And what you can do about it
Why would Michigan’s Republicans pass a law that eliminates straight-ticket voting, a law twice rejected by voters, without allowing all Michiganders access to absentee ballots that would allow us the time to consider the many new choices we’ll be making at the polls?
It’s about hopelessness, Rep. Brenda Lawrence said at a Voting Rights Forum in Detroit on Tuesday evening convened by the Dean of the House — Rep. John Conyers.
Just filling in the multiple bubbles alone is likely to increase the time it takes to vote by seconds that will quickly add up to minutes and then hours. Obviously, anything that makes it harder and more time-consuming to vote increases the likelihood that voters will just stay home or — even worse — leave before they vote. Long lines that disproportionately affected likely Democratic voters in Ohio and may have even cost John Kerry the 2004 election.
African-Americans are already likely to spend twice as long in line for a ballot as white voters and have been known to wait hours in Detroit to vote during presidential elections. But the GOP’s latest abomination to democracy isn’t just about increasing Republican chances in down-ballot elections — though it will definitely do that — it’s part of vast and interconnected strategy of that robs the state’s black voters of hope.
They do it by disenfranchising more than half of the state’s African-American population through emergency manager laws. They do it by turning the city of Detroit’s failing schools into a piggy bank for education profiteers. And they do it by literally poisoning the kids of Flint to save a few bucks.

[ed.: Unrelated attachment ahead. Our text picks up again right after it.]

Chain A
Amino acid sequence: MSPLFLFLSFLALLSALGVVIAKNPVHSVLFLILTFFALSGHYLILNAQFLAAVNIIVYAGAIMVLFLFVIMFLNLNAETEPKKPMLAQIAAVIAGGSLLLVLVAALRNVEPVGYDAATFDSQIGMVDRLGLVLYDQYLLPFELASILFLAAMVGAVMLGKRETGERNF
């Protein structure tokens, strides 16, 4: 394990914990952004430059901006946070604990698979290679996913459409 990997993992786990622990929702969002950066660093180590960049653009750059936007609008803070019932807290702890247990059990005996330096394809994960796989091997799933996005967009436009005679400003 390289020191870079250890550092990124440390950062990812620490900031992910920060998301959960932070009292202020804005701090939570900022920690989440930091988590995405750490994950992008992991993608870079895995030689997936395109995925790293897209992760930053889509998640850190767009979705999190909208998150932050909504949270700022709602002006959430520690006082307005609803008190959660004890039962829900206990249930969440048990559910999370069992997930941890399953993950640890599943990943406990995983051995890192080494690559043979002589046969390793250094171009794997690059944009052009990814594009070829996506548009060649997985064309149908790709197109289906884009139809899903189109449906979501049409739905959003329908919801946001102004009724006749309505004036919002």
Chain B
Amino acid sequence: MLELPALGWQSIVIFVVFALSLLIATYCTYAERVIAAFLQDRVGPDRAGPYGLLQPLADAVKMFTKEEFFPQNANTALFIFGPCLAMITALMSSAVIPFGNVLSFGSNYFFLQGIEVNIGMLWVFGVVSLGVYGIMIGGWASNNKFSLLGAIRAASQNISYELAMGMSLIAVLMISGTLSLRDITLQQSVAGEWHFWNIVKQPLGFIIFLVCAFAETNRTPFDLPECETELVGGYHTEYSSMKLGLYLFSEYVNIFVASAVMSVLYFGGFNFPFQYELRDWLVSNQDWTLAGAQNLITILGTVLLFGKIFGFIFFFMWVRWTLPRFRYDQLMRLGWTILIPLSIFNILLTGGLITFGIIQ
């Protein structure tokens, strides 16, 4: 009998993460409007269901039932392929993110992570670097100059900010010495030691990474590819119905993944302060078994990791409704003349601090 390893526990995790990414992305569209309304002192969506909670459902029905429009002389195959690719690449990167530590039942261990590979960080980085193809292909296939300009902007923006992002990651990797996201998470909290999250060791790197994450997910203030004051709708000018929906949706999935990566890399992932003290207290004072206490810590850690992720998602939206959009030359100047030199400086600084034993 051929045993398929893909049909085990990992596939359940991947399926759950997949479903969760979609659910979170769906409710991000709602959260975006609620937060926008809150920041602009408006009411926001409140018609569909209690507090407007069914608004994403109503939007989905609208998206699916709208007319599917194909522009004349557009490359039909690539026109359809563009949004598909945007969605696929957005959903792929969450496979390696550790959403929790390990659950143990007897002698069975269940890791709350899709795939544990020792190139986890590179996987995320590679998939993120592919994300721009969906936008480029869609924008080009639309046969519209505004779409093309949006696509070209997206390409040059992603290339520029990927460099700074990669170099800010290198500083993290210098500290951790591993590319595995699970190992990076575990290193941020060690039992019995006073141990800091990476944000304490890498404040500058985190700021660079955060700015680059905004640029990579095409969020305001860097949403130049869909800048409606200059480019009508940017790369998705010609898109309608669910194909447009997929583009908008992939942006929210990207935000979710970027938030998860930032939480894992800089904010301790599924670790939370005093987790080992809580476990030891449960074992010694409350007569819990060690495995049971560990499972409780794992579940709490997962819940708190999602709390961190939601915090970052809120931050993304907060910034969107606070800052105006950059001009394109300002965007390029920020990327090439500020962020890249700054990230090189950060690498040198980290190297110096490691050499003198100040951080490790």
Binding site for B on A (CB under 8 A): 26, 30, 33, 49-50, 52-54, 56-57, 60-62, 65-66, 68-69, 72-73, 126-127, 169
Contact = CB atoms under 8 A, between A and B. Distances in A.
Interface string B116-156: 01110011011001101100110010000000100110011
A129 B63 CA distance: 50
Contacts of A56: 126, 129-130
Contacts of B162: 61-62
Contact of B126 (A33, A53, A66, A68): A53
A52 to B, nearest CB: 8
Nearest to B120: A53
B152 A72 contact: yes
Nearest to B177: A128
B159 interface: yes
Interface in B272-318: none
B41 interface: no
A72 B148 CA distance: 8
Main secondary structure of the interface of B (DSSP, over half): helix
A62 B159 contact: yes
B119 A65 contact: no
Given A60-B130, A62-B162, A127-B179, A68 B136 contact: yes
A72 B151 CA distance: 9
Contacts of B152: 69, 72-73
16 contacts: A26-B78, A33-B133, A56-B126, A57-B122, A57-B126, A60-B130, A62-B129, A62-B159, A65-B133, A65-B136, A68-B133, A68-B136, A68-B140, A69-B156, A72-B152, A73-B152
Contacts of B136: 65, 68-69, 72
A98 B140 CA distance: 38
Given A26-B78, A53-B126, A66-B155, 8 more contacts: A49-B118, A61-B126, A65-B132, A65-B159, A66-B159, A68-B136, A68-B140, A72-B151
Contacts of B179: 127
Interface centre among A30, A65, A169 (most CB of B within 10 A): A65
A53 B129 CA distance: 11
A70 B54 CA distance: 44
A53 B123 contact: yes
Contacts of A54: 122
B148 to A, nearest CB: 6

But they do it most directly by just making it a giant pain in the ass to vote. Voter suppression — even before the Voting Rights Act — almost never takes the form of outright bans. It’s the accumulated weight bureaucracy and inconvenience that keeps even the most dedicated voters away from the polls.
At the forum, The Nation‘s Ari Berman told the story of the nightmare one Wisconsinite has gone through thanks to the state’s completely unnecessary voter ID law:
Eddie Lee Holloway Jr., a 58-year-old African American who had moved from Illinois to Milwaukee, brought his expired Illinois photo ID, birth certificate, and Social Security card to get a photo ID for voting, but the DMV rejected his application because his birth certificate read “Eddie Junior Holloway,” the result of a clerical error. Holloway spent $200 on a bus ticket to Illinois to try to amend his birth certificate and made seven trips to government agencies in two different states, but he still couldn’t vote in the Wisconsin primary.
Voting rights are the most important and the least discussed issue of 2016, Berman said Tuesday. It’s the right all the others flow from. And this is the first presidential election in 50 years that’s taking place without the full protection of the Voting Rights Act.
By taking away “the right to vote for all the candidates of a single political party with one mark on a ballot,” as our Chris Savage called it, Republicans are counting on hopelessness to keep a blue wave from taking away the near monopoly they’ve had on state power since 2010.
What can you do to fight back — besides registering and voting no matter what?
Michael J. Steinberg of the Michigan ACLU recommended the following as short-term solutions:
- Get an absentee ballot if you’re 60 or older, or meet the other requirements.
- Get to know the ballot at home.
Of course, the easiest way to cut your time waiting to vote is to be white and Republican. Then this state’s government will make your experience as easy as possible.
Know any Michigan college students? Send them to this site ASAP.
And remember, you will be asked for your photo ID and should have it to speed up the process — but you can still vote without it.
For long-term solutions, we should look at what Oregon has accomplished with automatic registration and mail-in voting. It’s the recipe for giving all voters hope, which is why it’s the Michigan GOP’s worst nightmare.
[Image credit: BadgeMonkey via Flickr.]